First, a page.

Wednesday, January 09, 2008

The RTC Comes To Town (Reprise')

T-Mobile founder John Stanton and former WA Transportation Secretary Doug McDonald met with RAMP today to seek Pierce County support for reform of regional transportation governance. Their reception by the group was polite but less than encouraging.

Stanton shared his belief that the failure of Proposition 1 was due, in part, to voter fatigue following a series of large, uncoordinated funding requests. He reiterated recommendations of the Regional Transportation Commission, which he chaired, calling for an overhaul of transportation agencies--a move that he feels will lead to more coordination, higher public credibility, and better leveraging of extant transportation funding sources.

McDonald suggested that sub-area equity--a pillar of RAMP's Legislative priorities now for several years--might work against Pierce County's goals. "You won't be able to finance mega projects like SR-167," he opined, "without tapping funding from the entire region." He said that the recent failure of Proposition 1 "convinced him" that he should join Stanton and others in seeking a major new agency that would replace groups like Sound Transit and the Puget Sound Regional Council.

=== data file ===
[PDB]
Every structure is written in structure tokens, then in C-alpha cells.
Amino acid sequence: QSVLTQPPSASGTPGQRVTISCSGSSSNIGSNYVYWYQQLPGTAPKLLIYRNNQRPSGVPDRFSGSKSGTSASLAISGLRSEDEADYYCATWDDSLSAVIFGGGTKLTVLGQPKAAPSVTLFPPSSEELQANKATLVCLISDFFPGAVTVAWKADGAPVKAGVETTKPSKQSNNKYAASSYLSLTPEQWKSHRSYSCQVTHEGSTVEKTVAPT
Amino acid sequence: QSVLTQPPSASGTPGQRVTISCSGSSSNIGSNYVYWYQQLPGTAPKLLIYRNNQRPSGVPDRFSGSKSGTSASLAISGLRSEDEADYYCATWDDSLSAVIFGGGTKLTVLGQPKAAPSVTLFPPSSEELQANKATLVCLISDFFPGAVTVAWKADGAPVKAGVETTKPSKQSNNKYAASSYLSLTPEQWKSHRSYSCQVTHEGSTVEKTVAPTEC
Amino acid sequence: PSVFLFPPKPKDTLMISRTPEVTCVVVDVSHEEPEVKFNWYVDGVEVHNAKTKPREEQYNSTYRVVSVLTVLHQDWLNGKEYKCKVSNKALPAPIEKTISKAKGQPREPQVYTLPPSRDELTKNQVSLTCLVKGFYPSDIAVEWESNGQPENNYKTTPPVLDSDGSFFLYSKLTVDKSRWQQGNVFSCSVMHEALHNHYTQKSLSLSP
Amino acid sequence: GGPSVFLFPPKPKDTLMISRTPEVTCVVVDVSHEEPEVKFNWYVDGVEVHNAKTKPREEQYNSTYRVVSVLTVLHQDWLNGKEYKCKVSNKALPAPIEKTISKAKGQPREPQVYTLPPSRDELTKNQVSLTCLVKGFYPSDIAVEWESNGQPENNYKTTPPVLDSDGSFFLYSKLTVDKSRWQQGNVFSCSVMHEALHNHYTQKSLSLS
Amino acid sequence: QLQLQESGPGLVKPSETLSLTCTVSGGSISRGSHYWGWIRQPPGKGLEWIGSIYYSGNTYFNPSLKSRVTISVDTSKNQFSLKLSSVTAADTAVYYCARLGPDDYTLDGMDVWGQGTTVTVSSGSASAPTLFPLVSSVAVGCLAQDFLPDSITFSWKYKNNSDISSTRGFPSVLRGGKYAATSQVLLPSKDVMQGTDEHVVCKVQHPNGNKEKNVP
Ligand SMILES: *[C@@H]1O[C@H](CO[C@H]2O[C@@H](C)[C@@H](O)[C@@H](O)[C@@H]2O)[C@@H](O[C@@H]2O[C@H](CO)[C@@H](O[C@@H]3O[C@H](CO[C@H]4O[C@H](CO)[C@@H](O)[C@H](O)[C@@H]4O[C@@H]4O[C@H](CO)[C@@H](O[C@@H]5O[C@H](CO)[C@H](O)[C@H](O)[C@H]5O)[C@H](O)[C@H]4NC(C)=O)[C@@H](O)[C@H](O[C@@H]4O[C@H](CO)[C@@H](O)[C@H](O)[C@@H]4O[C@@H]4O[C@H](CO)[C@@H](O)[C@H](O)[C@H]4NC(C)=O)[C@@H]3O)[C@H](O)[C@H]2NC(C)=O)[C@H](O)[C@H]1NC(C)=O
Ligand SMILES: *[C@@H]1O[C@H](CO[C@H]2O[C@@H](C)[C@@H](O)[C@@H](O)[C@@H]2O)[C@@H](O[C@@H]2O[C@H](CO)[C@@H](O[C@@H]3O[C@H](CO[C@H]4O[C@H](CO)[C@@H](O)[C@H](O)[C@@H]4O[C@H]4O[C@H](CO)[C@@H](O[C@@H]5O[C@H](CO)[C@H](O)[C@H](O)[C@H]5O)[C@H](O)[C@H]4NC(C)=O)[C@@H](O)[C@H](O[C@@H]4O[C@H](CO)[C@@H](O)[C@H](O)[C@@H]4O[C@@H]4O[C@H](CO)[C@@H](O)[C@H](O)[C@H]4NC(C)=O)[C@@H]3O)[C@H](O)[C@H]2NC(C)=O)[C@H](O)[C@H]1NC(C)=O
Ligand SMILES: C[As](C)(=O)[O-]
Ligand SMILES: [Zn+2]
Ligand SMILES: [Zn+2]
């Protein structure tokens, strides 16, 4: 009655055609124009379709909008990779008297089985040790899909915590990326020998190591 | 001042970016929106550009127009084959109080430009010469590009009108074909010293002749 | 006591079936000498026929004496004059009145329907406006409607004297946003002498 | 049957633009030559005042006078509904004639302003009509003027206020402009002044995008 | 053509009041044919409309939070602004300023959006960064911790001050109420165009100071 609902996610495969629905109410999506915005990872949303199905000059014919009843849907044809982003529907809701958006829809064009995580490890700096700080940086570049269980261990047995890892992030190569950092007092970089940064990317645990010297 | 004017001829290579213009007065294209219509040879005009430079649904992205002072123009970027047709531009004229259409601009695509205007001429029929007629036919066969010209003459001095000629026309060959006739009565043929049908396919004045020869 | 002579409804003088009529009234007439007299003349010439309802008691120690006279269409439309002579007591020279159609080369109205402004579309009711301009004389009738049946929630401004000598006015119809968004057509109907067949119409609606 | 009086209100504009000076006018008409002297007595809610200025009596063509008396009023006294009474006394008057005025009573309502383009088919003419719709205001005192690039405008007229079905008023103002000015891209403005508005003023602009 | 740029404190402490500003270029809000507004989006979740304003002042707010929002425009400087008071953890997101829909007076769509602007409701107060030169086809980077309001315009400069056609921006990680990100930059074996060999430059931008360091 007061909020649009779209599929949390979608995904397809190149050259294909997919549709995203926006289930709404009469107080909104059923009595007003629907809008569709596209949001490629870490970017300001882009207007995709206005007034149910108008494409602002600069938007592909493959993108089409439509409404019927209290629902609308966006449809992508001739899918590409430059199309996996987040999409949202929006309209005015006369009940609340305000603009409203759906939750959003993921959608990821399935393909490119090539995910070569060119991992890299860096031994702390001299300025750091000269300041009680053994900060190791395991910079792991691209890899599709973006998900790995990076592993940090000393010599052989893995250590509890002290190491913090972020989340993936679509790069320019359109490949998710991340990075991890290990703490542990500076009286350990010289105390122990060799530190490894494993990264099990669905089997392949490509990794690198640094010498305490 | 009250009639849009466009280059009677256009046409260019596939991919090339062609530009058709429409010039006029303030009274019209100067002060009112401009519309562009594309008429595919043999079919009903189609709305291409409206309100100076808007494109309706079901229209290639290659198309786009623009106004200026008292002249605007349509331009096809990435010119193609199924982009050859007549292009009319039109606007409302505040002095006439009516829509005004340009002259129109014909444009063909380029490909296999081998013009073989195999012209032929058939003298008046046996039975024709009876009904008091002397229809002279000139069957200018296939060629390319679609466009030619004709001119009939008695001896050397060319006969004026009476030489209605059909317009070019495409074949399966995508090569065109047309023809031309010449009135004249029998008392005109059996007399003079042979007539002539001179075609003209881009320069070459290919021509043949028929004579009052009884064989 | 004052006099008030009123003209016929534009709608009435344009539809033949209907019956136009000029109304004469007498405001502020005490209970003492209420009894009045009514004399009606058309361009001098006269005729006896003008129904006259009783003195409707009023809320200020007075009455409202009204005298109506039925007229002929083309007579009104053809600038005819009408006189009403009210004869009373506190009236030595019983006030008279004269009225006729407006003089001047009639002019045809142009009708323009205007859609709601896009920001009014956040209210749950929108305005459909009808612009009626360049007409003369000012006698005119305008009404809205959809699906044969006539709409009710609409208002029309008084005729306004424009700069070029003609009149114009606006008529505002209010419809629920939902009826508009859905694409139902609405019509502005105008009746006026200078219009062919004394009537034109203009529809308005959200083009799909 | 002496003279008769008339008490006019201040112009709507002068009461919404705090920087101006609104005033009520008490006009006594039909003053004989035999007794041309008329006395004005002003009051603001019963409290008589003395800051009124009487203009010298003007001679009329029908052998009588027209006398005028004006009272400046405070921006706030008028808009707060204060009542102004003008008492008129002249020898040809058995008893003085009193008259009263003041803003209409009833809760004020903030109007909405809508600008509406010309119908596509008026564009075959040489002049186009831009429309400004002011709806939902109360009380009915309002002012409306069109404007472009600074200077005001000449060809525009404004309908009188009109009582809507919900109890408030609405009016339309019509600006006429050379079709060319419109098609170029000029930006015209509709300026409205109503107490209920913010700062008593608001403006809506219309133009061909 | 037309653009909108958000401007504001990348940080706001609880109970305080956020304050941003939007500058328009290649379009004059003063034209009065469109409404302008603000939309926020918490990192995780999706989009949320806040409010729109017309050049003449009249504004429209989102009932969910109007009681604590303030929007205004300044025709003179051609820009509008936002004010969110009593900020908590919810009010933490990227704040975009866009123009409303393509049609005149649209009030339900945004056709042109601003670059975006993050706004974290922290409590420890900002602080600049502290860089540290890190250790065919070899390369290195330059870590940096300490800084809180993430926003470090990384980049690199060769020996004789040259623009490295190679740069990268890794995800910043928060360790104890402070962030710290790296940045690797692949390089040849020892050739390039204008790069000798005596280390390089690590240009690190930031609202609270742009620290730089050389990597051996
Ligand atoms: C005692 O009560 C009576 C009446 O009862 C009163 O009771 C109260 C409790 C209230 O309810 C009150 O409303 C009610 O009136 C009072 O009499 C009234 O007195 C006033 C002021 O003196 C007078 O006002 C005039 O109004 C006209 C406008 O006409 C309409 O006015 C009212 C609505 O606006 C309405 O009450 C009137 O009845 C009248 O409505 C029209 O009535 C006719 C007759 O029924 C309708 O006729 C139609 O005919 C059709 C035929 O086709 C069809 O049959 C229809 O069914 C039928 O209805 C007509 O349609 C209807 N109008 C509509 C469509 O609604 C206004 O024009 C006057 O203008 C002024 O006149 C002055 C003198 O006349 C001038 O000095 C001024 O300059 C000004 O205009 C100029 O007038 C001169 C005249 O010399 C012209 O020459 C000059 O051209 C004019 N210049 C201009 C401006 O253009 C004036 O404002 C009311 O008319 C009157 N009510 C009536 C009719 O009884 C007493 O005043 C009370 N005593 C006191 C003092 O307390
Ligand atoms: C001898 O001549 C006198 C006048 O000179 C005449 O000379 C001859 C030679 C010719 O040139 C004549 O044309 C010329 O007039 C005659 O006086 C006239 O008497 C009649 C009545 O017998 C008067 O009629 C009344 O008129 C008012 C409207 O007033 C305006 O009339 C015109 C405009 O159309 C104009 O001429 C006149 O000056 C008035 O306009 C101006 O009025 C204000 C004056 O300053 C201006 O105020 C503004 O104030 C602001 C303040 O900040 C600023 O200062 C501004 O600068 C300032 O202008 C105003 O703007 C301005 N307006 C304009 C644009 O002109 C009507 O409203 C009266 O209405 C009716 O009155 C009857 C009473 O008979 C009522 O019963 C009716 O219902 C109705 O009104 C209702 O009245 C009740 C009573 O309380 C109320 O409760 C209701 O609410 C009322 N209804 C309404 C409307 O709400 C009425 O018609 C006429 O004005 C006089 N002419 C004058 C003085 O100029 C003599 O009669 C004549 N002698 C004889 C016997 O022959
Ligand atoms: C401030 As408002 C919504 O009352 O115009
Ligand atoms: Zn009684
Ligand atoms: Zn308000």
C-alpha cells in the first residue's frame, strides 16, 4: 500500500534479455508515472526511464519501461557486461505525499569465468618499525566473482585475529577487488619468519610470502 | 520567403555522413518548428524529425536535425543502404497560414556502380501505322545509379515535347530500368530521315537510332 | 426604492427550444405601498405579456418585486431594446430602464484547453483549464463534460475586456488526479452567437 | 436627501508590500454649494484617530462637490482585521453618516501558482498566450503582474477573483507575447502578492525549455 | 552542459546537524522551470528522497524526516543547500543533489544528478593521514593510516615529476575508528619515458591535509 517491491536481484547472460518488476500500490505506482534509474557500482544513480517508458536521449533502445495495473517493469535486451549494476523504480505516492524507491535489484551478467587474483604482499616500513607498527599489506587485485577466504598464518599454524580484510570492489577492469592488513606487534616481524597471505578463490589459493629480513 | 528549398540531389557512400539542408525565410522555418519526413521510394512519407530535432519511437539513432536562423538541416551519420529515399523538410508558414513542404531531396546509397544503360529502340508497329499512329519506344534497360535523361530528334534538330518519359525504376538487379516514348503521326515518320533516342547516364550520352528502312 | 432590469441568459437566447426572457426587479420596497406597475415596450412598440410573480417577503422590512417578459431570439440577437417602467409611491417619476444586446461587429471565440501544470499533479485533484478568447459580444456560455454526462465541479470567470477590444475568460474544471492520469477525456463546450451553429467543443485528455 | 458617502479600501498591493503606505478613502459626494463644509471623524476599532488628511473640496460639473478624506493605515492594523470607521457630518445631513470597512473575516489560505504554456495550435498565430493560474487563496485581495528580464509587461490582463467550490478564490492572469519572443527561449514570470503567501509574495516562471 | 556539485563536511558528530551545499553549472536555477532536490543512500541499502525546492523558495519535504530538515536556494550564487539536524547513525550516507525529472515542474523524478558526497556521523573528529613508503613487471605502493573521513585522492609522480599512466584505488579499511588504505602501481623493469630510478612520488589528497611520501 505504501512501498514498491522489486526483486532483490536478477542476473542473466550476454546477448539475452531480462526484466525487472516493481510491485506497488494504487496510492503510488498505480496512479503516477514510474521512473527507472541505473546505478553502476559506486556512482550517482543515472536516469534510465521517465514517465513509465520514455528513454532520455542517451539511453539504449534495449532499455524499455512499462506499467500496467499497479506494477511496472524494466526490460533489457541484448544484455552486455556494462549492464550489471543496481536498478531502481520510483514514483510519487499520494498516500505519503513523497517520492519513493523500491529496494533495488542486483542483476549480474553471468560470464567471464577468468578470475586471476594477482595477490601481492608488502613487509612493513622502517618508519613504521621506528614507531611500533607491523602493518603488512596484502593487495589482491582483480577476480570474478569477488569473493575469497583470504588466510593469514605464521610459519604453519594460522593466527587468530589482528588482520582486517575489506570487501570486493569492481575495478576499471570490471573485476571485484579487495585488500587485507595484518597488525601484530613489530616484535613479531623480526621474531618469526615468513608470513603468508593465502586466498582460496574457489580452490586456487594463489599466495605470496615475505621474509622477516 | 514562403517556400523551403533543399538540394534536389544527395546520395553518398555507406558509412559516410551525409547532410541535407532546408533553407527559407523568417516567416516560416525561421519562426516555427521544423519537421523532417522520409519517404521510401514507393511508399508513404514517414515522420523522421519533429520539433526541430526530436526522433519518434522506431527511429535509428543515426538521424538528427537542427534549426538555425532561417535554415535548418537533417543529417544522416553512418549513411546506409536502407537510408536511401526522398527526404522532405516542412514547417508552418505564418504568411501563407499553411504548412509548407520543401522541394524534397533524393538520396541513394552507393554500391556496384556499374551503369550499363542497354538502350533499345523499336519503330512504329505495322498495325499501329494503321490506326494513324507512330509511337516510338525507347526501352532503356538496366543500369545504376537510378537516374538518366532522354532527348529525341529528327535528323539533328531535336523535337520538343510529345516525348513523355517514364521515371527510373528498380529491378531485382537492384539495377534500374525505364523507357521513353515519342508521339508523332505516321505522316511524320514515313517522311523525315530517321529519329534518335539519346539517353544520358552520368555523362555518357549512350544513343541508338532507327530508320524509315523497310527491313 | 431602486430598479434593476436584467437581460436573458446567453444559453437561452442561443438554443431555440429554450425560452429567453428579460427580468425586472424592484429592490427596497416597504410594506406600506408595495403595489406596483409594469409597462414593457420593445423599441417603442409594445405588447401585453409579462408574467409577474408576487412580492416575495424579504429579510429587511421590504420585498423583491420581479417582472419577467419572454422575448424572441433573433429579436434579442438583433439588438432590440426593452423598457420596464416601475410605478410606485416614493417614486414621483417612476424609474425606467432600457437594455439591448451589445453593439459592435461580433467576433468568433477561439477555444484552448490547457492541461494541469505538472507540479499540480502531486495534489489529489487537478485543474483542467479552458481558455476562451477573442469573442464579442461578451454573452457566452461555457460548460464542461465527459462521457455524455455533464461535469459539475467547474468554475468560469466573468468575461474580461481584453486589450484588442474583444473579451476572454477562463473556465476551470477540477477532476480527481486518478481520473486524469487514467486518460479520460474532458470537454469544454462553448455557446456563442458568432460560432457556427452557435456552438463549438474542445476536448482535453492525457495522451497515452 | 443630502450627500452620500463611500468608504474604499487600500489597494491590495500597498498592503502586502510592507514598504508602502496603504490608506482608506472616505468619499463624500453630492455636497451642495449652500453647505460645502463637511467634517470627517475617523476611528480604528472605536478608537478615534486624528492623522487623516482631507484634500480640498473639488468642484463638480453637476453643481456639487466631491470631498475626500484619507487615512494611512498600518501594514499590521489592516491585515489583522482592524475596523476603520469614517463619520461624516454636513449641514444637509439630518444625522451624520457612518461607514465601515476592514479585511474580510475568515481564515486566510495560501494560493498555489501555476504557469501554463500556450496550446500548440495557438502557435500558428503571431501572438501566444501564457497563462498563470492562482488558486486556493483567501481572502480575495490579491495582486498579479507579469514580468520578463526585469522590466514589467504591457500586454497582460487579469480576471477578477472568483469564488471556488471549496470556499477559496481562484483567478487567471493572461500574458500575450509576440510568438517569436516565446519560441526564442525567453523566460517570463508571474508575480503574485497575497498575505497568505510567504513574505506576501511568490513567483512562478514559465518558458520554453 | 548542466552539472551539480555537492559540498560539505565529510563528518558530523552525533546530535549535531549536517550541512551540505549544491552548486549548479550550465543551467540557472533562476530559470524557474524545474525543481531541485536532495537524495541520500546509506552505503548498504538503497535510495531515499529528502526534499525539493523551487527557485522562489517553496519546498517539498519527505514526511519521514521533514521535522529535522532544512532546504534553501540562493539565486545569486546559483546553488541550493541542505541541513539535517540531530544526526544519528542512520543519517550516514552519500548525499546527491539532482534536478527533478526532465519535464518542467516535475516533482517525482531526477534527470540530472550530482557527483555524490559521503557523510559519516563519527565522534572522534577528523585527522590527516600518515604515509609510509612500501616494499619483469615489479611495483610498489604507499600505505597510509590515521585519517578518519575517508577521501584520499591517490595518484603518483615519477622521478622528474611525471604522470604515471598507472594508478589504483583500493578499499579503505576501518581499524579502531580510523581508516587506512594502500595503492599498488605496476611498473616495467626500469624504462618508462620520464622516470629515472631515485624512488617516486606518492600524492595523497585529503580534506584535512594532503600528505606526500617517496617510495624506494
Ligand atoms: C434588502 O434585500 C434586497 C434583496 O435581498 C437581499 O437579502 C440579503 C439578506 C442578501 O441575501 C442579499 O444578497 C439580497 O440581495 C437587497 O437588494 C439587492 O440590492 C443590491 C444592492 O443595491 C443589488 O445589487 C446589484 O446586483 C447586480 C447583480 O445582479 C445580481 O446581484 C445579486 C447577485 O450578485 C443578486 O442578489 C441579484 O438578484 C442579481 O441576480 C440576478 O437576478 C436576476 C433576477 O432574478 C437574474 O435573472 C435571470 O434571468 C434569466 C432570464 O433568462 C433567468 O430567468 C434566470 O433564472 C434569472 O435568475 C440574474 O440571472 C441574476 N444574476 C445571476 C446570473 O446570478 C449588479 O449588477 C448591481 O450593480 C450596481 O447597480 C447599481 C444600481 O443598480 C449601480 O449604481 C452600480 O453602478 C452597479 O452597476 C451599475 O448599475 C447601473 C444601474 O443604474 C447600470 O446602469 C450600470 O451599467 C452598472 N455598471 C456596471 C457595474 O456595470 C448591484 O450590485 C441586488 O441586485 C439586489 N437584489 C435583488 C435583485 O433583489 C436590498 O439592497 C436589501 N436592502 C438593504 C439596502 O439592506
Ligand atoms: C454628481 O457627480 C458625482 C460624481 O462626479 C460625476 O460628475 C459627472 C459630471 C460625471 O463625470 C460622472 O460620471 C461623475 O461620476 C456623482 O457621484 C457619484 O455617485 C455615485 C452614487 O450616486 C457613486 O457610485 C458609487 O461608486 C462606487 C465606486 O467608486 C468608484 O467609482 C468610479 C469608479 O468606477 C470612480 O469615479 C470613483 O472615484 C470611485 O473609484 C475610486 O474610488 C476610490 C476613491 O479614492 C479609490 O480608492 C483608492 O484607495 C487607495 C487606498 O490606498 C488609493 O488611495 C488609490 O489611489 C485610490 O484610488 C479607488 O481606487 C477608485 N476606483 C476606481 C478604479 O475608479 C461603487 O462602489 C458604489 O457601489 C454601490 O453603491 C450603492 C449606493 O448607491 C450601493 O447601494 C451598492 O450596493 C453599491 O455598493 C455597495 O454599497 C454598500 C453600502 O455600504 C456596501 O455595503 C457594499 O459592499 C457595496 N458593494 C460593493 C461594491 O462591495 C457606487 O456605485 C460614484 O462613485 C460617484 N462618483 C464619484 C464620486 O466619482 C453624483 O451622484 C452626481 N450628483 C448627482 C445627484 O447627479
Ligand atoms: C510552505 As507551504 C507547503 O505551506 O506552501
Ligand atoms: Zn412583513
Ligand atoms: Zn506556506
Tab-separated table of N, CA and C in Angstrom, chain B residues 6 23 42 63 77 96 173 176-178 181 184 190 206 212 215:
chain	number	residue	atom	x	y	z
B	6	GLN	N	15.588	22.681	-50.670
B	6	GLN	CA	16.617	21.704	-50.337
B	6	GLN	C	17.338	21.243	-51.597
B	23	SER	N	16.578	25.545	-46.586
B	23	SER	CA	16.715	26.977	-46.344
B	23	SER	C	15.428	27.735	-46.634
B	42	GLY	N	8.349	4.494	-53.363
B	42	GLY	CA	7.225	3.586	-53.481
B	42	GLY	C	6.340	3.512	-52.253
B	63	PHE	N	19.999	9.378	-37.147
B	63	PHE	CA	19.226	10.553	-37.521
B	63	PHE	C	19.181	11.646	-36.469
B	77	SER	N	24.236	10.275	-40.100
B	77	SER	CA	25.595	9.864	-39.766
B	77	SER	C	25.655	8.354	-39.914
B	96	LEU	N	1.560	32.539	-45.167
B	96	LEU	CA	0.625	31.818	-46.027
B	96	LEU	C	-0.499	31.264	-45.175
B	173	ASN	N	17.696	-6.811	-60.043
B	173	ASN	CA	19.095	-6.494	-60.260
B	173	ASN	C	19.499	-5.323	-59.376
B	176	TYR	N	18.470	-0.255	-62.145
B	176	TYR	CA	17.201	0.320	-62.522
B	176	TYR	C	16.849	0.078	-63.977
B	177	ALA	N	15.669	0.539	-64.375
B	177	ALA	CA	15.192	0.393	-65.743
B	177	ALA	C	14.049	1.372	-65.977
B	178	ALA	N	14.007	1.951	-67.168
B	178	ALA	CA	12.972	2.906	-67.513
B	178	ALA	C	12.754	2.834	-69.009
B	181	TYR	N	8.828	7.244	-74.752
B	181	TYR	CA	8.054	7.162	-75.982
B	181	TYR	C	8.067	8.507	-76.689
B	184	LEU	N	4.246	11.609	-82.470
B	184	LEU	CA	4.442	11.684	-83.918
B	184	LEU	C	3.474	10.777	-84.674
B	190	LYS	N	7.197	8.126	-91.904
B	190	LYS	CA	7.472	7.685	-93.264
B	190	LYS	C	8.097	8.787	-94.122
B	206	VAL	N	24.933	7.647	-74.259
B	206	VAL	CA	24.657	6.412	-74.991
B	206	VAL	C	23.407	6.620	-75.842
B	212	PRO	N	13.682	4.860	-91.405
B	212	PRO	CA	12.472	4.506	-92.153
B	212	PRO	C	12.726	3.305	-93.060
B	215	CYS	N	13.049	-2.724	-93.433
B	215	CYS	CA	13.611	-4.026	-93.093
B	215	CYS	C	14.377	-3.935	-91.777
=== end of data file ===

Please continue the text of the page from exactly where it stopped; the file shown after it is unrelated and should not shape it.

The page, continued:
RAMP's participants weren't buying. WA Senator Jim Kastama (who was a leader in crafting the Nickel Package as well as the RTID legislation) was quick to disagree. He claimed that King County did a much poorer job of prioritizing investments for the Roads & Transit package, and that this weakness would be magnified in a proportionally representative body--the entity proposed by the RTC.

Following a robust discussion, participants moved forward to adopt RAMP's 2008 Legislative Priorities. At the forefront was the statement that "a Transportation Benefit District is the most viable vehicle for advancing towards the next voter-approved funding package, whether Pierce County moves forward unilaterally or in cooperation with other counties."